Sustaining themselves throughout the Coldplay generation, Manic Street Preachers have accrued some decidedly negative connotations. The titular track of their twelfth studio album, Futurology, is a prime example, immediately evoking the bland wimp-rock of Keane and suchlike. I hasten to point out that Manics are not ‘copying’ this genre, rather this genre copied the Manics, in the process mangling their progenitor’s sound. Unfortunately, Futurology isn’t the band’s best work, and at times it’s rather difficult to extricate the brave pioneer from the mindless bandwagoner.
With this in mind, the album is at its best when it deviates from this charged blueprint. Walk Me To The Bridge has a chorus that reminds me of Simple Minds and Orchestral Manoeuvres In The Dark, whilst the verse is one of the only clear enactments of the Krautrock the band was apparently listening to during the writing process. Still, this potential allusion is merely a shade - it can’t be mistaken for Neu!.
Meanwhile, Sex, Power, Love And Money has all the sublety of Children Of The Revolution and serves as a credible electro/glam hybrid. Although the main success of this track is that its ridiculous chorus somehow avoids being the daftest part of the album.
Speaking of daft, Futurology seems hell-bent on continuously making its listener cringe. Whilst theoretically, the German lyrics in Europe Geht Durch Mich are an interesting inclusion, the protruding nature of these repetitive interjections reminds me of an average ensemble number on the West End rather than Kraftwerk. Meanwhile, the overzealous delivery in Let’s Go To War is wince-inducing, unaided by lyrical imagery you’d expect from a politicized Sixth Former rather than experienced partisan musicians.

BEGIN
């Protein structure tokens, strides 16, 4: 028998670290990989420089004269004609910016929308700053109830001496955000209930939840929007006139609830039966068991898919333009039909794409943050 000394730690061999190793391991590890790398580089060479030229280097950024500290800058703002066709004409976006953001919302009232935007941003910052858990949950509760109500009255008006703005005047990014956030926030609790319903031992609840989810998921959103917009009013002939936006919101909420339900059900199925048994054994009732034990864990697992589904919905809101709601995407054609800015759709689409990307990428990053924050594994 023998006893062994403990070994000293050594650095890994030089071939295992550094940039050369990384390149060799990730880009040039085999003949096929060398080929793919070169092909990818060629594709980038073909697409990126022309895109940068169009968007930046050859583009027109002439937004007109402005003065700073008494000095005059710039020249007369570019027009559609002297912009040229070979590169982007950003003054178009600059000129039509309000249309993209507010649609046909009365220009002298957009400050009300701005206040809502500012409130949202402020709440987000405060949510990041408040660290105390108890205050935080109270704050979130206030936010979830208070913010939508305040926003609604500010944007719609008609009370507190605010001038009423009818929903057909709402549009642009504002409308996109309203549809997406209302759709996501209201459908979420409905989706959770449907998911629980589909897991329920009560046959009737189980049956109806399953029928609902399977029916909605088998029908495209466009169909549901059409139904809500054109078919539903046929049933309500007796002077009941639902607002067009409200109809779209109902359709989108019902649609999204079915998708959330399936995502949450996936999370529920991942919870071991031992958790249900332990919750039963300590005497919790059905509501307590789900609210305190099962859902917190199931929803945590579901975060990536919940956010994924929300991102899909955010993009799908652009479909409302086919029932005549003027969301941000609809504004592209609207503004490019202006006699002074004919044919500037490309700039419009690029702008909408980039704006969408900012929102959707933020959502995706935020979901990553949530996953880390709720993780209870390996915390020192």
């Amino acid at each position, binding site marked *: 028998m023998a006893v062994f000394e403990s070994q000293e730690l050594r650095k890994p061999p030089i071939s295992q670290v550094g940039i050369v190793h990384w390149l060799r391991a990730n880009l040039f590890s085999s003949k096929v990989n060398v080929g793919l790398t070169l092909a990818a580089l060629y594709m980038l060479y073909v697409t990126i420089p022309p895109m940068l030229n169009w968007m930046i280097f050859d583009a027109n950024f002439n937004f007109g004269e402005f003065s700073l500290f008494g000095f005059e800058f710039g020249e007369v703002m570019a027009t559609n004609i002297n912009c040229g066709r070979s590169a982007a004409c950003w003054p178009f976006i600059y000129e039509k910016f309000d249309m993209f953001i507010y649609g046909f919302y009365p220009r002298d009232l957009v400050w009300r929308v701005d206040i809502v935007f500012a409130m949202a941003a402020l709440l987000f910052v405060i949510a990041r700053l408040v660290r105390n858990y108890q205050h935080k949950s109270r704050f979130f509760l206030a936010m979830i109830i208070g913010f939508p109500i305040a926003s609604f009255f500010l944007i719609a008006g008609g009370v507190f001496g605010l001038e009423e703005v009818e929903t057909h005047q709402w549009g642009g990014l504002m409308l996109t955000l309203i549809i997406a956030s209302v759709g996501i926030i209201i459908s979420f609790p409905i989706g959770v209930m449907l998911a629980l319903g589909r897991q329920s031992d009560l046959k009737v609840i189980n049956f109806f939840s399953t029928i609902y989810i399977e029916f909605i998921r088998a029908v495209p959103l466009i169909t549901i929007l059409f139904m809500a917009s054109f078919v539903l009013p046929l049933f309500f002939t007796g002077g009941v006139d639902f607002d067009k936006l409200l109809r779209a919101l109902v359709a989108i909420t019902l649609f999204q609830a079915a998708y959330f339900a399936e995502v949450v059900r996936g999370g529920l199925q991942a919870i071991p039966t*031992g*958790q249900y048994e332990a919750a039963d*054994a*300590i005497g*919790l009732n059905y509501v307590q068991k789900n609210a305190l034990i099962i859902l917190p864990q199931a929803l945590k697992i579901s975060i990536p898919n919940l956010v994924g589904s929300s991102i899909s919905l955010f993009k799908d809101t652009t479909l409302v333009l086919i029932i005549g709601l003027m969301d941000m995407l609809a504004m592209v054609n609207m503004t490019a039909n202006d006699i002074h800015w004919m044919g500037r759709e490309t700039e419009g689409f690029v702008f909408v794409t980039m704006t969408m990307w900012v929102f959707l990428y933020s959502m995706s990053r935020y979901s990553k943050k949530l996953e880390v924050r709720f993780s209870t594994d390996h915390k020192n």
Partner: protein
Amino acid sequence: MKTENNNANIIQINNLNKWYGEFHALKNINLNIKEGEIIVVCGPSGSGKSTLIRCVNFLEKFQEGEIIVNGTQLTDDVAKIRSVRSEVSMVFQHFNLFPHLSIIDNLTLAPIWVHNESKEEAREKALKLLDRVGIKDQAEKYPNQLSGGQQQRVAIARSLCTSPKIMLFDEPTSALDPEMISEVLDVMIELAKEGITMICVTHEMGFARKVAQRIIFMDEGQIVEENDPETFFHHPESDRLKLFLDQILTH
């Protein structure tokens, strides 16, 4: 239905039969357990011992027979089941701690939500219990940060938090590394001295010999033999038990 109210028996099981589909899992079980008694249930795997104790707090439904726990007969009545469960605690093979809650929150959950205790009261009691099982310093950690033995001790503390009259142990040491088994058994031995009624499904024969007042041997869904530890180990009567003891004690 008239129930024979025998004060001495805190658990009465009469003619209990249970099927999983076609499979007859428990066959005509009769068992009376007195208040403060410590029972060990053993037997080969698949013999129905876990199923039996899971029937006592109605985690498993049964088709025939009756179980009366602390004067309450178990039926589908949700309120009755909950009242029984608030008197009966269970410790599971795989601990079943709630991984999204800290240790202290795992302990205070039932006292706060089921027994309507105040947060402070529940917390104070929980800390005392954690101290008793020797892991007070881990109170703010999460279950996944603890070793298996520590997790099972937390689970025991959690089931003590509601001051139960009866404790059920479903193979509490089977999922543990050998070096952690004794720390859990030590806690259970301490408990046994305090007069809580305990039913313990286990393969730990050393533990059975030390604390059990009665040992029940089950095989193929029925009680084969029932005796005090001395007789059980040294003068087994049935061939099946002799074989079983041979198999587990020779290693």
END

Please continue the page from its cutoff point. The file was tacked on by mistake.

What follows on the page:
What The Next Jet To Leave To Moscow and Divine Youth prove, are that Manic Street Preachers can still write a better pop-rock slow number than many of their descendants. Regrettably however, neither of these tracks are quite good enough to irrevocably separate the band from the fodder. Through no fault of their own, there are just too many adequate anthems and ballads in the world to set the majority of Futurology apart. This, coupled with the hit-and-miss deviations from this template, mean the band’s twelfth album cannot be counted among their best work. I can’t take any schadenfreude from Futurology’s failures, and hopefully any future efforts will be a step up.